Kealakehe School was erected in 1969. Named for the area in which it is located, Kealakehe School is appropriately matched to the location. “Ala” or “keala” means “the path, road or highway; also, “ke’e” means “crooked or winding.” So, Kealakehe is “winding road.”
It was planned as a “different” school due to the circular classroom cluster building design. The first buildings included the cafeteria, the library, and buildings D and E. In 1970-71 portable classrooms 1, 2, and 3 were installed, and at approximately the same time, the administration building and building F were added.

Except for Kailua School, Kona schools were generally small and scattered. In general, there was strong feeling in the community that a bigger and more modern school was needed. Mr. Peter Kawahara served as the school’s first principal at a time when the Kona area’s population experienced tremendous growth. By 1982, it was the largest elementary school in West Hawaii.

In 1986, the school was split into two separate schools due to the large enrollment of over 1400 students. Kealakehe Elementary, located on the original campus, includes kindergarten to grade 5. A new school, Kealakehe Intermediate was established just below the elementary school and provides for grades 6 to 8. At that time, Ms. Mae Yamasaki was appointed principal of the elementary, which served a student population of approximately 740 students.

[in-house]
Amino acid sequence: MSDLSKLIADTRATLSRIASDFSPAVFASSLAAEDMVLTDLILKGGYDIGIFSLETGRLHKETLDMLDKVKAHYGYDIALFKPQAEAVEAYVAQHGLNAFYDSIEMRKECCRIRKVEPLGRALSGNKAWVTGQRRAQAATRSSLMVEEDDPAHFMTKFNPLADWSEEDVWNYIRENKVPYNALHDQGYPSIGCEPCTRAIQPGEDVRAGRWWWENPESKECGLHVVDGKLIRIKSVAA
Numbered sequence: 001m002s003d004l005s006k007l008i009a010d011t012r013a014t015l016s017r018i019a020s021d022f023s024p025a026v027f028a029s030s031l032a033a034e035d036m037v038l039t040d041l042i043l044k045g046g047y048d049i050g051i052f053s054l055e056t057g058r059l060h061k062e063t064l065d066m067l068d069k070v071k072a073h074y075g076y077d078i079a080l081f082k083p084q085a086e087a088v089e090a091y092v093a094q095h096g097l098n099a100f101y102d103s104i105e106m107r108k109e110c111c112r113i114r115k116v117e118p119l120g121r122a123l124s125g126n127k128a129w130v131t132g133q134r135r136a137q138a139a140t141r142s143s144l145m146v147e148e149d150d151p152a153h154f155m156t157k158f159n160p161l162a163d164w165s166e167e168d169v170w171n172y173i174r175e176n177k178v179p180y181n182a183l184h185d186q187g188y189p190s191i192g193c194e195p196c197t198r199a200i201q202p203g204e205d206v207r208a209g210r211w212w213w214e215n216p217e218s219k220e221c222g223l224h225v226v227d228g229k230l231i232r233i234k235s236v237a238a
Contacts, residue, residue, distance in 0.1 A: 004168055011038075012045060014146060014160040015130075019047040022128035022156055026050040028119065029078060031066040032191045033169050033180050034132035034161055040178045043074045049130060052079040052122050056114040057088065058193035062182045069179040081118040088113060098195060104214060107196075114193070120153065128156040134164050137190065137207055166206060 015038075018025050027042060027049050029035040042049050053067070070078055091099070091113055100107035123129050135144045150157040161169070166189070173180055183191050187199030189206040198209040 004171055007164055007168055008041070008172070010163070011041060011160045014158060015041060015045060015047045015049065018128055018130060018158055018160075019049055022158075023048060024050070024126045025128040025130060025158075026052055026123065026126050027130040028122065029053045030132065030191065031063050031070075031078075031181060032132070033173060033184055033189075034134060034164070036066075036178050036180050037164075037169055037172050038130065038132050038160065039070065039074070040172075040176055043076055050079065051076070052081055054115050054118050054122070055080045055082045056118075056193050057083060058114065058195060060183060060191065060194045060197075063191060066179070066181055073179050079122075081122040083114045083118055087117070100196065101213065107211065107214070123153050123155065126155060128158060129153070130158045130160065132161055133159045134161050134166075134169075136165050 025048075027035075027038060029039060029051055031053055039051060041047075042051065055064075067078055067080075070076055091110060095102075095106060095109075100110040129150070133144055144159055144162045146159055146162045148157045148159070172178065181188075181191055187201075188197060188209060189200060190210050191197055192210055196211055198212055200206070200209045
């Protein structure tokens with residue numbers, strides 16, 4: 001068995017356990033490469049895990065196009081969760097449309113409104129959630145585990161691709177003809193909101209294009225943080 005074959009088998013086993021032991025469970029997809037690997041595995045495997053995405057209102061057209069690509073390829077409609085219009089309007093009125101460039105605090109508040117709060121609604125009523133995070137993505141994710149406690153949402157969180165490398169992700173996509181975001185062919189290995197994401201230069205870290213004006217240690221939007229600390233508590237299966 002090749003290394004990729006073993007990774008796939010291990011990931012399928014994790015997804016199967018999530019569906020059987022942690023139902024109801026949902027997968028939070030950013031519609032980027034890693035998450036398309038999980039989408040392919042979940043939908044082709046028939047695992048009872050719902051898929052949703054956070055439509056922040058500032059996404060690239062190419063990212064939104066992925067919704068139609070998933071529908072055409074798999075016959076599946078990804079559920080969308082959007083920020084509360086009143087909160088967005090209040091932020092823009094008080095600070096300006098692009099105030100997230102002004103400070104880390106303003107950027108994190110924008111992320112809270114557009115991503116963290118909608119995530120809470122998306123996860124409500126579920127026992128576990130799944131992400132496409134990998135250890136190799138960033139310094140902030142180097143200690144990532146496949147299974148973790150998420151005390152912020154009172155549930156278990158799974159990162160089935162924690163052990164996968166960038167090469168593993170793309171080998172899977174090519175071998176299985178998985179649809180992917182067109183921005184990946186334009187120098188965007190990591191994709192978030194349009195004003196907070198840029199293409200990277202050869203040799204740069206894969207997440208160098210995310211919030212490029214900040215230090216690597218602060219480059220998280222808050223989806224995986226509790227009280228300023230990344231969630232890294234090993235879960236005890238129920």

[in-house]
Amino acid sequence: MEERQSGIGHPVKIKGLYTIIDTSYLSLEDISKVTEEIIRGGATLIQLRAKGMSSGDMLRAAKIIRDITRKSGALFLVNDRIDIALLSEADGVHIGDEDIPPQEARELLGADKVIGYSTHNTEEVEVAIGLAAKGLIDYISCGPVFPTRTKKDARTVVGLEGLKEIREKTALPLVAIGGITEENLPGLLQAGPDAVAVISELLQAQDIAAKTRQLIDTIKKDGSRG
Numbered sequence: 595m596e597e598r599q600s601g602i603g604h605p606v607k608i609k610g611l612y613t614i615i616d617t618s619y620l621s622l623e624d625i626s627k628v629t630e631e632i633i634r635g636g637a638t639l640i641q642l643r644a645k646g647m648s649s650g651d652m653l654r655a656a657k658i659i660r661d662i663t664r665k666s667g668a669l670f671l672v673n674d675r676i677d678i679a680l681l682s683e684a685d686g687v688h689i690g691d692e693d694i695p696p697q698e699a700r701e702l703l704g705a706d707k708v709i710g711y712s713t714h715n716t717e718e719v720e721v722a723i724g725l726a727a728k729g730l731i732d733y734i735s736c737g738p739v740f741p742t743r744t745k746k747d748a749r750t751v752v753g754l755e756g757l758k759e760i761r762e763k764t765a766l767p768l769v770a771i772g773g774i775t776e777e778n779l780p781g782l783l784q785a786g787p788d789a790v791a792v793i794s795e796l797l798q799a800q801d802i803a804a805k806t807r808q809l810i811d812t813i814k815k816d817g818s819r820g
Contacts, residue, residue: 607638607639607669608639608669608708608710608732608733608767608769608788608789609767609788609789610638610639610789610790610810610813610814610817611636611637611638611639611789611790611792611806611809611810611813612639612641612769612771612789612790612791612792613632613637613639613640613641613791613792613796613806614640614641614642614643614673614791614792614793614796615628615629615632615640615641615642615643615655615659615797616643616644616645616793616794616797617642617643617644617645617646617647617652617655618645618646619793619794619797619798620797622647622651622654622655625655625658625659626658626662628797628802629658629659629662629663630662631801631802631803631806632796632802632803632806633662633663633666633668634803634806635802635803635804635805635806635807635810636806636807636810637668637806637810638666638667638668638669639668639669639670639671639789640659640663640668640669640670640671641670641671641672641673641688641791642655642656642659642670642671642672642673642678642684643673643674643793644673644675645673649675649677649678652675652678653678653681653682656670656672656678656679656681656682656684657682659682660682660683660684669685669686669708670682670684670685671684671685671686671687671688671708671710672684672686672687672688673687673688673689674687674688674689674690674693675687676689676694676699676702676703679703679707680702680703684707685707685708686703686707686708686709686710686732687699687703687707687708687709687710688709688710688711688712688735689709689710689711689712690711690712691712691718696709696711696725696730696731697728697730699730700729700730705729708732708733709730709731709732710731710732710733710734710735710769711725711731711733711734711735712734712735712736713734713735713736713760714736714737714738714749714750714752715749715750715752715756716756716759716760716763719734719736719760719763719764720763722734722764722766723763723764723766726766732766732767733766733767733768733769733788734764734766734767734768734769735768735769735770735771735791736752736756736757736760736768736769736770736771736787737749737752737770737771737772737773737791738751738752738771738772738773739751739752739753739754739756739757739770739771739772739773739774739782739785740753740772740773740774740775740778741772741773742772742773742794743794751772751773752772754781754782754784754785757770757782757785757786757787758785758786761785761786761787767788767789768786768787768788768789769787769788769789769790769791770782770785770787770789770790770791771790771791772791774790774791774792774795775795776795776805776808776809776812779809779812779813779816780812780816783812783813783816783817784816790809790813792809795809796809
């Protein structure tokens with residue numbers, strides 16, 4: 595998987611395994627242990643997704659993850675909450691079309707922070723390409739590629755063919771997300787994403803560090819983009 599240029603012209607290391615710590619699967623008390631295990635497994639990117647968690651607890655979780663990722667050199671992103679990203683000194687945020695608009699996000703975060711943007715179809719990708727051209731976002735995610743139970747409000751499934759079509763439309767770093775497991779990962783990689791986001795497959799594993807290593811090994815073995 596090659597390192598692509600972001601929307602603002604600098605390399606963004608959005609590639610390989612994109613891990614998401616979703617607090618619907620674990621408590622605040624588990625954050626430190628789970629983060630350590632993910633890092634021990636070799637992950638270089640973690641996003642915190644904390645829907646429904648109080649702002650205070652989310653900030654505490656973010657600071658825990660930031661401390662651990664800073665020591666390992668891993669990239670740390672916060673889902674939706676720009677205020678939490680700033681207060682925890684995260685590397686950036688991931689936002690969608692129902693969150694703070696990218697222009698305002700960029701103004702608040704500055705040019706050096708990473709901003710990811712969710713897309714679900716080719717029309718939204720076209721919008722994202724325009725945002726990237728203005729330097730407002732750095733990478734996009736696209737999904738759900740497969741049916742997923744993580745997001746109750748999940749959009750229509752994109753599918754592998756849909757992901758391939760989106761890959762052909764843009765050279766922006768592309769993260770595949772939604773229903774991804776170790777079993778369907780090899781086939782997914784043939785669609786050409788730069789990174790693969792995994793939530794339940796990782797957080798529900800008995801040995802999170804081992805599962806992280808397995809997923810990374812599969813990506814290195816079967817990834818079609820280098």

We maintain high expectations within our community in the areas of relationships, learning, and collaboration.


KES is a thriving community empowering students to be lifelong learners.


Positive relationships and mutual respect among students, teachers, staff, parents and community are essential.

All students are valued individuals who are capable of learning. Students learn in different ways and are provided with a variety of instructional strategies to support active learning.

The commitment to continuous growth is imperative for students to become confident, self-directed, lifelong learners.

All school decisions focus on optimizing each student’s potential. 

All stakeholders share the responsibility for advancing the school’s mission. Teamwork is necessary for success.